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NDP capping of ‘minor injury’ awards part of its incompetent ICBC management

Car collision

Lawyers in Prince George, BC, and across the province are appalled by the state of affairs that the NDP has created regarding the treatment of citizens injured in traffic accidents.

ICBC has been struggling from mismanagement of funds for a few years now, and rather than attempting to fix the problems that are quite obvious to outside eyes, they have instead chosen to foist the burden of their poor choices onto British Columbians.

The Cost of a “Minor” Injury

The most recent attempt to curb ICBC’s downward spiral was when David Eby expanded the definition of a “minor injury”. For most, a minor injury brings to mind a sprain, some bad bruising or maybe some residual stiffness from a crash.

However, under Eby’s new definition, a minor injury can be anything from whiplash, concussion, mild traumatic brain injury or an enduring psychological issue. Any injury that does not prevent a person from doing the “essentials” of work or education now falls under this extremely broad umbrella. Any personal injury lawyer in Prince George can tell you that none of these injuries are “minor.”

Eby’s expanded definition now encompasses nearly 80 percent of all crash injuries. This means that a judge will not hear a claim over these cases. Instead, the injured must either deal with an unsympathetic, partisan ICBC adjuster or submit a complex and difficult online application through the Civil Resolution Tribunal.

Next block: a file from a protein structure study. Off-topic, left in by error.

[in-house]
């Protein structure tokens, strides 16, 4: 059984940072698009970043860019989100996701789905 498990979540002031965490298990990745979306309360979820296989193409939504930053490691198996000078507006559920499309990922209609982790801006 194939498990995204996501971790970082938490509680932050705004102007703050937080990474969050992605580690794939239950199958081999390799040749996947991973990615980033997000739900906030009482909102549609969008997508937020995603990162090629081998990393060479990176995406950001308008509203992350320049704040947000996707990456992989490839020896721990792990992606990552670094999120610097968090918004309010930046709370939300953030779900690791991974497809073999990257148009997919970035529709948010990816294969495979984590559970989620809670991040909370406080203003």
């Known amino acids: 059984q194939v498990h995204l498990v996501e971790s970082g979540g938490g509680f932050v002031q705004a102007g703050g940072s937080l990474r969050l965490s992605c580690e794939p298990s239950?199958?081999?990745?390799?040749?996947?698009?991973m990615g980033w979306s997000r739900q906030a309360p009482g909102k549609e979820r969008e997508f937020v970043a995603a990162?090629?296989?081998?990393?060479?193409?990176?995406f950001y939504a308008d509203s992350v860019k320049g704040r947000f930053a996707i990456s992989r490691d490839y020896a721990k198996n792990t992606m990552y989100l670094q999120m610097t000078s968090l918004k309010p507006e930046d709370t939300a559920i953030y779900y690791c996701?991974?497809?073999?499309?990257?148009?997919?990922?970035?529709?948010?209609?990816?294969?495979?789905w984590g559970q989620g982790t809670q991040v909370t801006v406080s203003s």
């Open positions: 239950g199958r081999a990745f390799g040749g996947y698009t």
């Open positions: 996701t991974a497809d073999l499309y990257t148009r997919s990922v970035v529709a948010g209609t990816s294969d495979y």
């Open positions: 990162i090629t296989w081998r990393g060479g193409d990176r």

In both cases, the cap for payout is $5,500 regardless of the severity or duration of the injury. If a person has tried to resume working while waiting for a claim, they are almost certainly disqualified from receiving even that much.

“Dumpster Fire” or Gross Mismanagement?

ICBC has been suffering from financial difficulties that David Eby has called a “dumpster fire,” but the truth is that the problems stem from incompetence and a lack of critical thinking.

Rather than opting for simple, obvious solutions that any law firms in Prince George could have recommended, such as debt instruments or better funds allocation, they have chosen to punish those they claim to represent.

Right now, the Green Party is banking on re-election from citizens who haven’t been affected by this gross negligence, but lawyers in Prince George and across the province are loudly decrying the party in the hopes of raising awareness.

The facts are plain. The party and ICBC are no longer even pretending to serve the interests of British Columbians, and this is something to bear in mind during the next voting season.


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